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Re: Differences between Wellbutrin and Wellbutrin SR? terra miller

Posted by JohnX on March 2, 2001, at 4:23:11

In reply to Differences between Wellbutrin and Wellbutrin SR?, posted by terra miller on February 26, 2001, at 21:23:46

> Can somebody tell me or provide a link where I can research the differences/effects/side-effects of Wellbutrin (the plain old thing, compared to the SR version)?
>
> I'm taking Well. SR now, but I seem to be metabolizing it faster than usual (pdoc's thoughts) and if 100mg twice a day doesn't work, he thinks 75mg might be the next option to try though it is not SR.
>
> Thing is, Well. SR doesn't feel SR to me. I feel it the whole time. I can tell when it kicks in, when it peaks and when it is declining below acceptable levels. It's a total bell-curve.
>
> I am stabilizing on the Well. SR and liking it, except for the hypothermia/sore hands and eye strain. (The eye strain side-effect is familiar from my time on serzone.)
>
> Thanks for the input, again.
>
> Terra

Terra,

I had the same eye-strain effect with Wellbutrin
SR.

I'm not sure how the SR version works vs
the non-SR version. The reason the SR version was introduced was because the elimination time for the non-SR Wellbutrin was fast, thus requiring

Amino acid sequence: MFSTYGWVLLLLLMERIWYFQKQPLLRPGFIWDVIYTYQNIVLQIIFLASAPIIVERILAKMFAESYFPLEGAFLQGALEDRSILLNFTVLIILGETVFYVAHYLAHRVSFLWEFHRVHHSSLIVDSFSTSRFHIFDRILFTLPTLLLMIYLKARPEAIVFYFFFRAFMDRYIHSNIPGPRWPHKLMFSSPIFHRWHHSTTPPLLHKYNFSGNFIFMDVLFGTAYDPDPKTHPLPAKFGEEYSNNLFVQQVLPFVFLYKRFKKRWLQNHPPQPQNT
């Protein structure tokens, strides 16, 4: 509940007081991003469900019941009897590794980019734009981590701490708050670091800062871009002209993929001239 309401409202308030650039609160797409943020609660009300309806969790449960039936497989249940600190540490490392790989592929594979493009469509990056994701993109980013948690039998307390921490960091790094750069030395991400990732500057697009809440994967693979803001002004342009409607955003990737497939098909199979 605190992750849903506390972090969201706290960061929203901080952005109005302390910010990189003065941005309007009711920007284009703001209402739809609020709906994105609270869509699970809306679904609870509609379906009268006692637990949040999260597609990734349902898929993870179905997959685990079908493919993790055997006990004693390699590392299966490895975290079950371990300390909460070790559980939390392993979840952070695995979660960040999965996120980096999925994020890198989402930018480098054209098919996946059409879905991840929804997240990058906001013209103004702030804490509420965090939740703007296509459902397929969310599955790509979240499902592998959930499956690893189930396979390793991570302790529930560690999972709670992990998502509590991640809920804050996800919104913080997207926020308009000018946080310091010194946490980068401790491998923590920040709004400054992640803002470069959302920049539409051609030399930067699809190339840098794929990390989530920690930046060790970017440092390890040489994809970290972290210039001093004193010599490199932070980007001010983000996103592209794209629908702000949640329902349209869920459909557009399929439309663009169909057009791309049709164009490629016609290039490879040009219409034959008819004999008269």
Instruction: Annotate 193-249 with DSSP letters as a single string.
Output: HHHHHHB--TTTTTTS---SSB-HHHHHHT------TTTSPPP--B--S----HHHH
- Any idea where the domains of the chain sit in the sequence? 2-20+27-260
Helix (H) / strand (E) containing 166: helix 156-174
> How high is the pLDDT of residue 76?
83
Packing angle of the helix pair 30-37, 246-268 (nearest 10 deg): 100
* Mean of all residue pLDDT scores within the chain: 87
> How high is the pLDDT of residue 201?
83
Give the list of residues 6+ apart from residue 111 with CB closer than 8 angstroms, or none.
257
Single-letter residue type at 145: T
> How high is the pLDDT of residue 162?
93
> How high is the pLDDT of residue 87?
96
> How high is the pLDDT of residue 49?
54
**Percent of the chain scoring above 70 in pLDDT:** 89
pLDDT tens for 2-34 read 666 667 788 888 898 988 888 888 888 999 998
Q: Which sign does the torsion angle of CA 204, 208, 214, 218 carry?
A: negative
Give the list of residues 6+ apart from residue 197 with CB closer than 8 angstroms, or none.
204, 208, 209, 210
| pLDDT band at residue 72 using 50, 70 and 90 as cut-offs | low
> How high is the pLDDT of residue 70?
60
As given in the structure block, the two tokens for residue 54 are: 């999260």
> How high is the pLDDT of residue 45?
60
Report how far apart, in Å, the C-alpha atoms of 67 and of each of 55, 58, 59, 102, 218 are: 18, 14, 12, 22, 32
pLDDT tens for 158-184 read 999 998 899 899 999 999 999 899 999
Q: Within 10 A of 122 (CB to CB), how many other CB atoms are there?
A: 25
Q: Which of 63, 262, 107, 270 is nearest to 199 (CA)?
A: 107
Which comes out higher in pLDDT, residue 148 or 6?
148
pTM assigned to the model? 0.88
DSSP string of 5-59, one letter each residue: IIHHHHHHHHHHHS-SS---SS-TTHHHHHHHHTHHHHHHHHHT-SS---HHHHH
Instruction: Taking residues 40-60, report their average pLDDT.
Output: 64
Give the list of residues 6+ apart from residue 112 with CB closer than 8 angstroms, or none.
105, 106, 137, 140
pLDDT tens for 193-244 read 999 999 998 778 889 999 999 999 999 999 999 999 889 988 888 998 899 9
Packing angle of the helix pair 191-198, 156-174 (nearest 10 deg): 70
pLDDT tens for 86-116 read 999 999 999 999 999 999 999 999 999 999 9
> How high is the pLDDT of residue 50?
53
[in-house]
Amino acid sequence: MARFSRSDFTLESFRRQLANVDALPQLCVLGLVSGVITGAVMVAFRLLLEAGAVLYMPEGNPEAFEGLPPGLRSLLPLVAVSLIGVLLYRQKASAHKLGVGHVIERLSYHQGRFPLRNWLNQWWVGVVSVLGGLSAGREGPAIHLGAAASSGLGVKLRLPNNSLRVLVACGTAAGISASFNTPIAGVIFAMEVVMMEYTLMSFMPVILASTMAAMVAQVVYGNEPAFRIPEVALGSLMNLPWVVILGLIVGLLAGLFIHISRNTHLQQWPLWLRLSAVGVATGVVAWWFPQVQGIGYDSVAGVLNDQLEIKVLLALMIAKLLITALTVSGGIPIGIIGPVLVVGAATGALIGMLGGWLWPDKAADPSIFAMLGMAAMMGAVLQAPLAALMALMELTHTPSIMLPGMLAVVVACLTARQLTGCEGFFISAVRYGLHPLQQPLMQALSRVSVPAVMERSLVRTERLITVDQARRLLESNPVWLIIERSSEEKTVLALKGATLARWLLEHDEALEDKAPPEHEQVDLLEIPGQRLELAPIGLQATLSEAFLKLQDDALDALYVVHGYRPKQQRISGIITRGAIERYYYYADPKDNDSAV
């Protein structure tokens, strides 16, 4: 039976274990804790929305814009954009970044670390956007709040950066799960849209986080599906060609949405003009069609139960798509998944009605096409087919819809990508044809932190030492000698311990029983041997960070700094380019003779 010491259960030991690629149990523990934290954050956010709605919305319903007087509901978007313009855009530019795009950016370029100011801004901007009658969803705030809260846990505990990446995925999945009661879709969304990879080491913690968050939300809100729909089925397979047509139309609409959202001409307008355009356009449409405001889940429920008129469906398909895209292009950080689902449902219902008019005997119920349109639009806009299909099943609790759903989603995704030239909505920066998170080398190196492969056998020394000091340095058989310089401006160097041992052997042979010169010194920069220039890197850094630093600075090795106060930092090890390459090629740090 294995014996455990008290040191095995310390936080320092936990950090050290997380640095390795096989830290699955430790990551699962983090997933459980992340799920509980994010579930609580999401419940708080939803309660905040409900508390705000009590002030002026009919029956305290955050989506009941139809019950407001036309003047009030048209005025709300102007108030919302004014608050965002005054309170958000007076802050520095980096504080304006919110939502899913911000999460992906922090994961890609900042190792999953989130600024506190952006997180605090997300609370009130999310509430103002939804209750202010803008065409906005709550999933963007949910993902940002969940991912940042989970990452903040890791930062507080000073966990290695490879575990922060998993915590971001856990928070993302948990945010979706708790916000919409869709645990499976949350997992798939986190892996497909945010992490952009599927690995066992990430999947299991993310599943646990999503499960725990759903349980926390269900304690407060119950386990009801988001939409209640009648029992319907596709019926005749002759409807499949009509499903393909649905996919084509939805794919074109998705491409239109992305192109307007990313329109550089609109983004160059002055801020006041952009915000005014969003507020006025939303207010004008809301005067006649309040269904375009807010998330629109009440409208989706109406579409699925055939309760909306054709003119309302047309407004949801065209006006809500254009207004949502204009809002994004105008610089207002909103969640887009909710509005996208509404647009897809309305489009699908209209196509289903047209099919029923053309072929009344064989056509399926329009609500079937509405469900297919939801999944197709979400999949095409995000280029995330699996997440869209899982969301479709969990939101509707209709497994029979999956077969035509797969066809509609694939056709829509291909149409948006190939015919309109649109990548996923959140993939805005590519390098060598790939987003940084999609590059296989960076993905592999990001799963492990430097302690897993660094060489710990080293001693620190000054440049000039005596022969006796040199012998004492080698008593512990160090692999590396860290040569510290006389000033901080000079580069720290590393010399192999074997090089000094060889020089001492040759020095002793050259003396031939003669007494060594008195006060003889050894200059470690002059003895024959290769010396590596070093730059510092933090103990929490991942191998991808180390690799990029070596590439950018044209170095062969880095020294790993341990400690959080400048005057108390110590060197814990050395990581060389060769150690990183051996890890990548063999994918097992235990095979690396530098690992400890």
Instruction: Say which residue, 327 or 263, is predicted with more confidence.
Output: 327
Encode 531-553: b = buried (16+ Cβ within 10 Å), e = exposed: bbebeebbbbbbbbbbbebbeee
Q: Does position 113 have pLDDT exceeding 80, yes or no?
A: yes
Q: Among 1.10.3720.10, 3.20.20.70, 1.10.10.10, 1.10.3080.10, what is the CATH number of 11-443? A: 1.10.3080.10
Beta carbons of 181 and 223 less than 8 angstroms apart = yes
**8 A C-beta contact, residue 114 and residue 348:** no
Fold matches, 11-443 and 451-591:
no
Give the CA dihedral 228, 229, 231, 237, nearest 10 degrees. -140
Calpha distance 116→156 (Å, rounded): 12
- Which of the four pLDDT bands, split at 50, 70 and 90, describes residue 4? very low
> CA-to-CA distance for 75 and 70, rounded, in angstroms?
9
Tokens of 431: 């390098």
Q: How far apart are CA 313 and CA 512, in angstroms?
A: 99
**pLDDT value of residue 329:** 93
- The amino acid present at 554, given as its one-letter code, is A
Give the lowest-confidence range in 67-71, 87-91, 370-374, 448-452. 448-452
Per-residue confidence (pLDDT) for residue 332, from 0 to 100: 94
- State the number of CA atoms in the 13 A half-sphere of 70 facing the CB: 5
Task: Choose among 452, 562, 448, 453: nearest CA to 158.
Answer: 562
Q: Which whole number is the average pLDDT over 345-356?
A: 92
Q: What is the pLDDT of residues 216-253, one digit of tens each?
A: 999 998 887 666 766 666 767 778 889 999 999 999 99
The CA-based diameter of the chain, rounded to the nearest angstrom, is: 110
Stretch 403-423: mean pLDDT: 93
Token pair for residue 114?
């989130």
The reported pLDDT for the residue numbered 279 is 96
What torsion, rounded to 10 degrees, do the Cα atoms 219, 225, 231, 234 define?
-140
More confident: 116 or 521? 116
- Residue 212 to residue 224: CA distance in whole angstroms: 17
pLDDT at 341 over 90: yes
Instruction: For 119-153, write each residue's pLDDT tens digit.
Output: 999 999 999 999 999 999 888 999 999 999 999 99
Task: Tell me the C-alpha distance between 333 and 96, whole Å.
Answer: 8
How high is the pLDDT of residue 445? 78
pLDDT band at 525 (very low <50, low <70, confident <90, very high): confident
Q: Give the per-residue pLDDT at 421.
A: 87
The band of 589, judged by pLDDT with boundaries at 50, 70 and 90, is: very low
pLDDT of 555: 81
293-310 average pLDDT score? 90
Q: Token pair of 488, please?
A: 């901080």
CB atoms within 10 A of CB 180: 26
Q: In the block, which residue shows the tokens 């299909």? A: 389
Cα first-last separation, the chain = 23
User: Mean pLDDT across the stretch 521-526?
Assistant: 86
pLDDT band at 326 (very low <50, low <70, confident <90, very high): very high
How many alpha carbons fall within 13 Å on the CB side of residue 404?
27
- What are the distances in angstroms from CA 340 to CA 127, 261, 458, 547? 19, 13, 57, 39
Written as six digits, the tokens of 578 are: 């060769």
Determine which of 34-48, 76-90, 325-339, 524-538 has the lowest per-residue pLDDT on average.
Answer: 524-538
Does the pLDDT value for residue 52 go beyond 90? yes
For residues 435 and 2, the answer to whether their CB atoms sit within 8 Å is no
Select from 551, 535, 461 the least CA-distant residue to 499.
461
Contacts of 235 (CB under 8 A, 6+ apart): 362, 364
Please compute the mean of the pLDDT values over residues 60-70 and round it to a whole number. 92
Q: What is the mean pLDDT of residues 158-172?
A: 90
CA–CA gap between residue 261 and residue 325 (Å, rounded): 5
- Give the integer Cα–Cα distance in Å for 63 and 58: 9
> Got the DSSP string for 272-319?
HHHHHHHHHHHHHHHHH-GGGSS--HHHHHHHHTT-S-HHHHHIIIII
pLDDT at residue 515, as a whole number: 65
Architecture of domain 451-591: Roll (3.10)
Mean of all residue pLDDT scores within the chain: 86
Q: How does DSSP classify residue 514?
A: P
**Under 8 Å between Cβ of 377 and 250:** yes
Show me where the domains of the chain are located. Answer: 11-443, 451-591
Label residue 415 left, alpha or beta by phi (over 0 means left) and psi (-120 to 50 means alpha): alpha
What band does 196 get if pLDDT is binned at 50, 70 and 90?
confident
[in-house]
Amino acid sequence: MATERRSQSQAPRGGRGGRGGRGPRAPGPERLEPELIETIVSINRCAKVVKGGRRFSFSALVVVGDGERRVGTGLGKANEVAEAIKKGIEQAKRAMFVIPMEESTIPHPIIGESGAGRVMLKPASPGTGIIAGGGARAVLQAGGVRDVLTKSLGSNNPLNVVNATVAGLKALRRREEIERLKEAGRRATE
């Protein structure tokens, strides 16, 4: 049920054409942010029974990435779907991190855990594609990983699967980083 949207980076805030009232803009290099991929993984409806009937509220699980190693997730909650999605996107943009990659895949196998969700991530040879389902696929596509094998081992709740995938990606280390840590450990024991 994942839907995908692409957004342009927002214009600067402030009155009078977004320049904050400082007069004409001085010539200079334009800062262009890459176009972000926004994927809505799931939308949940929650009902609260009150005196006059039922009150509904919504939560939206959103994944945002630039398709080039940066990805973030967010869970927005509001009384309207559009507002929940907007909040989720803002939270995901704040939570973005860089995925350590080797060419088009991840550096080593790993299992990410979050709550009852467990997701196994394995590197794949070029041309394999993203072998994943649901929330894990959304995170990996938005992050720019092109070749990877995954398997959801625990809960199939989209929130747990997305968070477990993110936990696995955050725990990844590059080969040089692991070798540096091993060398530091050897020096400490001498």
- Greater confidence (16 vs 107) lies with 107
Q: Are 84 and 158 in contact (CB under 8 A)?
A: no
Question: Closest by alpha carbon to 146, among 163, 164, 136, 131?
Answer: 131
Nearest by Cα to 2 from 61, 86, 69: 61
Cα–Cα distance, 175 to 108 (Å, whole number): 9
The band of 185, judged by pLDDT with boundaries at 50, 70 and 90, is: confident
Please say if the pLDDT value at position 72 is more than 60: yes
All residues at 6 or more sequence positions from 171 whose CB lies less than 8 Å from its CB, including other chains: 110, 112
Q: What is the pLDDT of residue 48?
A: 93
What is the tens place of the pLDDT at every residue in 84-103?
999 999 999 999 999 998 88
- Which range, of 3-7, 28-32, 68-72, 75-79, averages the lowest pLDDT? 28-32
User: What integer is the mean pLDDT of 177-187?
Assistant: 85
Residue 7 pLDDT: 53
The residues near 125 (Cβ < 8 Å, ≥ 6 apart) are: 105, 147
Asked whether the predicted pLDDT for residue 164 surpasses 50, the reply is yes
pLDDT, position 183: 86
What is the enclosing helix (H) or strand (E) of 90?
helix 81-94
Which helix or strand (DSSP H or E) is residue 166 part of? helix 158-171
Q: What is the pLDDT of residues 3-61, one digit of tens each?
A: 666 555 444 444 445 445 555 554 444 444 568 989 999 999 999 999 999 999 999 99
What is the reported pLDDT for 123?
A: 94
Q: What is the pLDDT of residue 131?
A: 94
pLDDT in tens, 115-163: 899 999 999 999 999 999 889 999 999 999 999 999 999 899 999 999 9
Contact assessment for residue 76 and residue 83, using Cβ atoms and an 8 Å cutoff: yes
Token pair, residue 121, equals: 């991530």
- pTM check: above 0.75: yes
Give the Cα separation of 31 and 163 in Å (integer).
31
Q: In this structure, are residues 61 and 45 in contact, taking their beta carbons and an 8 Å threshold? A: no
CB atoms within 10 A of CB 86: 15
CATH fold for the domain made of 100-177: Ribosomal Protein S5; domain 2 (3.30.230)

multiple dosing during the day. The SR version was introduced to reduce the dosing schedule and
help to maintain a better steady state
level in the blood stream. In rare cases for
anorexics they found that the original Wellbutrin
may induce seizures due to spikes in the absorbtion in the blood. That was also a motive to design the SR version.

I went to their website www.glaxowellcome.com,
but couldn't find the PDR for the non SR version.
Here is the PDR for the SR version:
http://www.glaxowellcome.com/pi/wellbusr.pdf

Many times the clearance of a drug can be influenced by interactions with other medications that you may be taking? Are you taking anything else? This occurs because the amount of enzymes in the liver that metabolize the drugs can change.

I'm very curious as to what mechanism is used in
medications that are sustained released. I'll look into this and see if I can find out any more answers.

-JohnX


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poster:JohnX thread:54952
URL: http://www.dr-bob.org/babble/20010302/msgs/55307.html